Fort Myers, United States
48" X 36"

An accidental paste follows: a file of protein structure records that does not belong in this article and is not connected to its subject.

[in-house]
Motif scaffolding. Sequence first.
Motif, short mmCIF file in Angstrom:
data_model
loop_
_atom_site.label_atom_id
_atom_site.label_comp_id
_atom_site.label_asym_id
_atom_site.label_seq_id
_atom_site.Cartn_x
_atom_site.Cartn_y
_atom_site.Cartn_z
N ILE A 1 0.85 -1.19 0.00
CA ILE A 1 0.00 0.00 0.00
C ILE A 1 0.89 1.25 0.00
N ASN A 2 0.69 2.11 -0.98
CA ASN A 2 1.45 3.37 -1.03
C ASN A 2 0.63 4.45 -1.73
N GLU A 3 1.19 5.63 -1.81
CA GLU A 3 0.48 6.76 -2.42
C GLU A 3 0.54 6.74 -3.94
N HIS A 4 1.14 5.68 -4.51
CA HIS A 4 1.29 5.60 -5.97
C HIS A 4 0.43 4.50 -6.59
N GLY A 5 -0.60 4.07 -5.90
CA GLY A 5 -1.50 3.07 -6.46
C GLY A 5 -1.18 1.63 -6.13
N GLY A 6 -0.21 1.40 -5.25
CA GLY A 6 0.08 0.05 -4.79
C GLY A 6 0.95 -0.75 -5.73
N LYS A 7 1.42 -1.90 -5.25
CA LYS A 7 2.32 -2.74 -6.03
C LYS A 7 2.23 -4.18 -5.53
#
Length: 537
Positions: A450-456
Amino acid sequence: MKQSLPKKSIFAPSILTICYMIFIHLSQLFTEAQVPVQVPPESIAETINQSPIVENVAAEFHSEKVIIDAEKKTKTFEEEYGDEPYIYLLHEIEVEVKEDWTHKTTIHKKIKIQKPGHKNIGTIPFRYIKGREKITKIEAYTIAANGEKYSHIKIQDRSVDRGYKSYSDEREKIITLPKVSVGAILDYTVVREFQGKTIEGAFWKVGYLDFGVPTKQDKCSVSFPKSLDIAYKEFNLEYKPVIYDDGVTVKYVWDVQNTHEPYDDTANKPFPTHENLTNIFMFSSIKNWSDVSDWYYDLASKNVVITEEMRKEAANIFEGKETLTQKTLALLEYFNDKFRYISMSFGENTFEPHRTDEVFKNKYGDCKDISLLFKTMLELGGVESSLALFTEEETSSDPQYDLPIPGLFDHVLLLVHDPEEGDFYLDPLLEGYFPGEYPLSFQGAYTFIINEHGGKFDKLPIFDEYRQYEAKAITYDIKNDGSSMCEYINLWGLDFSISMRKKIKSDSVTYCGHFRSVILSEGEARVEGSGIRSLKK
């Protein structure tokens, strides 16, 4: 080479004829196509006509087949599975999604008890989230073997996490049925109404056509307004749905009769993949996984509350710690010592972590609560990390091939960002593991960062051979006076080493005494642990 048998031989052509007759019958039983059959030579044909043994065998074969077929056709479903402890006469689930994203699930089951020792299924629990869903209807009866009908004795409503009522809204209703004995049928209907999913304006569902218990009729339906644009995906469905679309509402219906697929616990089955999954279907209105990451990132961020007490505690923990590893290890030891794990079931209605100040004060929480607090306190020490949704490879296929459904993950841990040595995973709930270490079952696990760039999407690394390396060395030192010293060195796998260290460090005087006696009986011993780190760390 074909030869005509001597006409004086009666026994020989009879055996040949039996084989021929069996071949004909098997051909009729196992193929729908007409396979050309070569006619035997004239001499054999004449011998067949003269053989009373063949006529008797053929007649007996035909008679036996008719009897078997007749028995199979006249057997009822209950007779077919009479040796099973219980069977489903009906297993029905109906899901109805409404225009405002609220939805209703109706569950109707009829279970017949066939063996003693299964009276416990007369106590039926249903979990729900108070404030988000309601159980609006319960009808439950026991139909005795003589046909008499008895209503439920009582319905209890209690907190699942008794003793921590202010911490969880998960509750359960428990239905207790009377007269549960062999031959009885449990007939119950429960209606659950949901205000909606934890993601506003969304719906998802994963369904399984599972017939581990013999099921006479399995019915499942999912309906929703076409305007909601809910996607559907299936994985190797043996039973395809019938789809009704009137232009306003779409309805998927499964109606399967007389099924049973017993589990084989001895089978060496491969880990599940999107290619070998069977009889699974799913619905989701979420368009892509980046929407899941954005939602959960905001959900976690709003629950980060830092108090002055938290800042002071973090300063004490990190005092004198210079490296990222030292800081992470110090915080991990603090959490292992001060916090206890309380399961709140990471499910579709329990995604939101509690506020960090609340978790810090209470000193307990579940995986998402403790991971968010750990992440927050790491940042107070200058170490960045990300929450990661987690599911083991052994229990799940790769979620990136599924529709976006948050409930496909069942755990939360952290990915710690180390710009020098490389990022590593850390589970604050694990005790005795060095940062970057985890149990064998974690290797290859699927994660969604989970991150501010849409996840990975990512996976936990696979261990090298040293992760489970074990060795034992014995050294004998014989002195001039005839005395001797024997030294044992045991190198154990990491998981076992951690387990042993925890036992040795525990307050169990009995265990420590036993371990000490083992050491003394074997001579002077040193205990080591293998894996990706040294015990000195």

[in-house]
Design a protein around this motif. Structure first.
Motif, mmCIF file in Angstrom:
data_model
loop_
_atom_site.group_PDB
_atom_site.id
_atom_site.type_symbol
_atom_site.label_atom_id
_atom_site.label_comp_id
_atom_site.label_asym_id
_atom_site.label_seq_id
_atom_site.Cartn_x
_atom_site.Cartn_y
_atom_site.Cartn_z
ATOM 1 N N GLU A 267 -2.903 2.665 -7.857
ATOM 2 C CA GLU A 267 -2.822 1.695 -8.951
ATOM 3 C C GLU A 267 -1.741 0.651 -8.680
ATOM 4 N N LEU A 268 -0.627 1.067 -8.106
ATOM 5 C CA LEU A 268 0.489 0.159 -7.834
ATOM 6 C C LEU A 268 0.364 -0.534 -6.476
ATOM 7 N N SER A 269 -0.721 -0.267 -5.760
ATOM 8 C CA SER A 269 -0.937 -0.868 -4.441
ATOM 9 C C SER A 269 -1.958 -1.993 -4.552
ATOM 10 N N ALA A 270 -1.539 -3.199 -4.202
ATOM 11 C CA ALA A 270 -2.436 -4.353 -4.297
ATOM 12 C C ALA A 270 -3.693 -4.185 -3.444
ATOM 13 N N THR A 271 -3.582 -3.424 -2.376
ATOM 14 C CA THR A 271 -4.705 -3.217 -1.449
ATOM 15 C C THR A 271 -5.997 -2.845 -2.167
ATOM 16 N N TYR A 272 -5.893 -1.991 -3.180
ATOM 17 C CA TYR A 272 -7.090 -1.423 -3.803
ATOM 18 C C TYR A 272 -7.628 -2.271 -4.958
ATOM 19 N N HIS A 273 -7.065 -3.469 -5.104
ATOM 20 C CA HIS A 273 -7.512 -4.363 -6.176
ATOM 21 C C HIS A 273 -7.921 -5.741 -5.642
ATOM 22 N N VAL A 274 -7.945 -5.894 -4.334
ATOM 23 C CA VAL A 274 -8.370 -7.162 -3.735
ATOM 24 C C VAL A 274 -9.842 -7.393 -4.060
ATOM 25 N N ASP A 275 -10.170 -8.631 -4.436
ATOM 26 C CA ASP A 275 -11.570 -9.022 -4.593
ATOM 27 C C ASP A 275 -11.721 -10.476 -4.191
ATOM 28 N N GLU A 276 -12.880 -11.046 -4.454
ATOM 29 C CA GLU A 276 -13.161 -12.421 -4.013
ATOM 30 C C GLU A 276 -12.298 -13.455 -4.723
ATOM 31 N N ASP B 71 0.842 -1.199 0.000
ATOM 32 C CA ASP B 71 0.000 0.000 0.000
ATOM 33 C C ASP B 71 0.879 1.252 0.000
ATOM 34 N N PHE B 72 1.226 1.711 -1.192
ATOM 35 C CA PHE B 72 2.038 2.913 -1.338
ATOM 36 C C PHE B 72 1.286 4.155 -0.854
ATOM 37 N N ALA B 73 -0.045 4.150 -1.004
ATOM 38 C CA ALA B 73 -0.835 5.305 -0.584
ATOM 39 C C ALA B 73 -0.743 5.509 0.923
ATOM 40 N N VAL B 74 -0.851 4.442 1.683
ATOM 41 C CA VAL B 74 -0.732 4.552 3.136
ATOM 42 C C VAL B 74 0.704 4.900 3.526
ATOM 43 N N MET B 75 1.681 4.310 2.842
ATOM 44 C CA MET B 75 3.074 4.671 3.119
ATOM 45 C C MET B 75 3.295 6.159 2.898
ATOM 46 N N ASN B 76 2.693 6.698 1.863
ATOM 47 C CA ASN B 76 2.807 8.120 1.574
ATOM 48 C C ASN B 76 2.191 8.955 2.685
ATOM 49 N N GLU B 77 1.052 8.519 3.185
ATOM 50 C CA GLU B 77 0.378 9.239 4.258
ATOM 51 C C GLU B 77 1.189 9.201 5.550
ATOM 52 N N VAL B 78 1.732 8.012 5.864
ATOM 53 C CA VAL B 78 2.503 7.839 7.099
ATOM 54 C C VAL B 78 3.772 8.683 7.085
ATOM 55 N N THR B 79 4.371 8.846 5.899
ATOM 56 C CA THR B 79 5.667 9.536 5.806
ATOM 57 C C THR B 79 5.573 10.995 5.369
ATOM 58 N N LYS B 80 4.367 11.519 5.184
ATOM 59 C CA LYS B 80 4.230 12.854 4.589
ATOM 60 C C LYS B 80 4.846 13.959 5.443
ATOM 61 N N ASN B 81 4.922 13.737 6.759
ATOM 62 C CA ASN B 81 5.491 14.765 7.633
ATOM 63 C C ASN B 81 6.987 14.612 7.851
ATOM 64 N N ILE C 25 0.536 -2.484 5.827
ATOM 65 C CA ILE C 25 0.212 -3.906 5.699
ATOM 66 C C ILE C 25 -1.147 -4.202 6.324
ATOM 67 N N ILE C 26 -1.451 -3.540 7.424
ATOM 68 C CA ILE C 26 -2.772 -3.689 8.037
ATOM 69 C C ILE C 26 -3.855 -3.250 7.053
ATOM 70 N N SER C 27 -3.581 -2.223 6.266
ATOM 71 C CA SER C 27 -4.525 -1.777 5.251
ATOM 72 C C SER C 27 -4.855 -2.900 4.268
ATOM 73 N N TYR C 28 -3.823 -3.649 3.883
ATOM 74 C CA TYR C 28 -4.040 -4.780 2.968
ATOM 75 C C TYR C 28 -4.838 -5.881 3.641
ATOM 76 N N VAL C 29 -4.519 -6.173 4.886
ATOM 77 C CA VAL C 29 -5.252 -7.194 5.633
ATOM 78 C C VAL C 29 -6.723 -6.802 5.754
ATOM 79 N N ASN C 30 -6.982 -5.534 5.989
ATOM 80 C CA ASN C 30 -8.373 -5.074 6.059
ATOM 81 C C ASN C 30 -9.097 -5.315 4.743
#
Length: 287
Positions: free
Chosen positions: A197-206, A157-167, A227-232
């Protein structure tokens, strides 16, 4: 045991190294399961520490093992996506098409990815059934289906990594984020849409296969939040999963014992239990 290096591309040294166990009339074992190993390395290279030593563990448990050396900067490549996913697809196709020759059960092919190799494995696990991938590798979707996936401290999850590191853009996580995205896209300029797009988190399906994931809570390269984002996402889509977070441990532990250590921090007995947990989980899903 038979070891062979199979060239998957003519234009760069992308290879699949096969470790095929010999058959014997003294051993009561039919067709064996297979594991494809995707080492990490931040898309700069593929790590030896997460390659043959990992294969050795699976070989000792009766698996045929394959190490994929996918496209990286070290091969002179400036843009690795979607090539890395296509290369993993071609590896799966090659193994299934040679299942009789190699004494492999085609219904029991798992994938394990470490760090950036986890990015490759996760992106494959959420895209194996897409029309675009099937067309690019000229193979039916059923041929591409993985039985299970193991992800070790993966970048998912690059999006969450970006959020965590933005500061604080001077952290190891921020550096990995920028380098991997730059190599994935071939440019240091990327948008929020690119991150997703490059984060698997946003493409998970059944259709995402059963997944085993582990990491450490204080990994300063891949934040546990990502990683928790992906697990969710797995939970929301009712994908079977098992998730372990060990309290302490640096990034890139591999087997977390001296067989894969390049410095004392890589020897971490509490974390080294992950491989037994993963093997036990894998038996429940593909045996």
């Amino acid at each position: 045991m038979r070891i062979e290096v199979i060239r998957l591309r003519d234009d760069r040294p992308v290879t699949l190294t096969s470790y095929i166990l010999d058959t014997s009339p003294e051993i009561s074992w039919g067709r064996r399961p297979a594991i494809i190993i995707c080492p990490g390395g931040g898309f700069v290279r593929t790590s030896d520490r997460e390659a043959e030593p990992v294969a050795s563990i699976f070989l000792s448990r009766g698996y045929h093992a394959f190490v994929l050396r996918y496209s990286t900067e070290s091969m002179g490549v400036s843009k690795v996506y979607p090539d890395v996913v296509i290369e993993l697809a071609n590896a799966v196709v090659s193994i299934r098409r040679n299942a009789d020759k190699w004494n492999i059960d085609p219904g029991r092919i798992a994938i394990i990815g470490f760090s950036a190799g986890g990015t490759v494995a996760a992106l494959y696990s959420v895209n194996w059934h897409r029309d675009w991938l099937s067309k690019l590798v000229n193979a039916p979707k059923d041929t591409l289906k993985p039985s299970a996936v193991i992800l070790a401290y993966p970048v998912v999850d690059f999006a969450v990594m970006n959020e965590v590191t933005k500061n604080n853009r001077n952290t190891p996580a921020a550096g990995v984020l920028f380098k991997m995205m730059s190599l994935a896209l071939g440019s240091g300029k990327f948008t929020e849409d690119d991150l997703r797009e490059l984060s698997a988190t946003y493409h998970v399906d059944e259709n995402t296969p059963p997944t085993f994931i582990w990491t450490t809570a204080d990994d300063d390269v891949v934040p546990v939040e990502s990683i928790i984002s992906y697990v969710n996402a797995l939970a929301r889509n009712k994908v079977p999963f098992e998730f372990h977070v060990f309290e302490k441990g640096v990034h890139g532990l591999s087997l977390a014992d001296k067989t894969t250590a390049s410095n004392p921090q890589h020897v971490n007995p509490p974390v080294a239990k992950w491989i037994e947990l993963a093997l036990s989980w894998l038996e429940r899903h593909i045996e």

“It’s about Time” In this piece, I weave together the classic nude figure with one the today’s gadgets that some people can’t part with. I wanted a timepiece that would also represent a stopwatch. I chose a TAG watch because at the time of conception, it was considered a quality watch made with classic craftsmanship the way I feel about the Academic painting. An i-watch, needs charging and the TAG is self-winding by the body’s movements. Capturing a moment in time with the watch hands still on the TAG as the runner’s hands are before the start of the race. You see it’s all about time, the moment at start of our life when we are young, strong, ready and willing to rise to the challenge of life. Not the end of our lives where our bodies are tired and some will have won and some will have lost. Some will have found a way to finish and some will broken-down along the way. Others will have the victory stolen from them, or life will just have gotten in the way. It’s about having the opportunity to start the race and be equal on the line with one another. The perspiration on the runner is subject to interpretation, it could be anxiety to make a move to soon or fear of not rising up to the occasion in time. I feel it’s the warmed up persona that is well tuned and ready to tackle the task that is before him. I painted the runner to be fit and trim and well prepared for this race. The body is our temple and talking care of it is part of life’s challenge so that we a fit to finish strong. So rise up to this task of running in this life we call the human race “It’s about time”. In the end when the body stops moving the TAG will also stop for both are intertwined. This painting is painted in the Academic style with a green/gray under painting, and all the colors are glazed over the under painting. This method gives the viewer the illusion of being in front row of the race. You will not be able to see the full illusion of this unless you are standing in front of the painting because the camera flattens the image. The camera sees with one lens (monocular) and we see with two lenses (binocular) so we can see depth. The light travels through the glazes and down to the under painting and refracting back to us with the information or illusion of depth.
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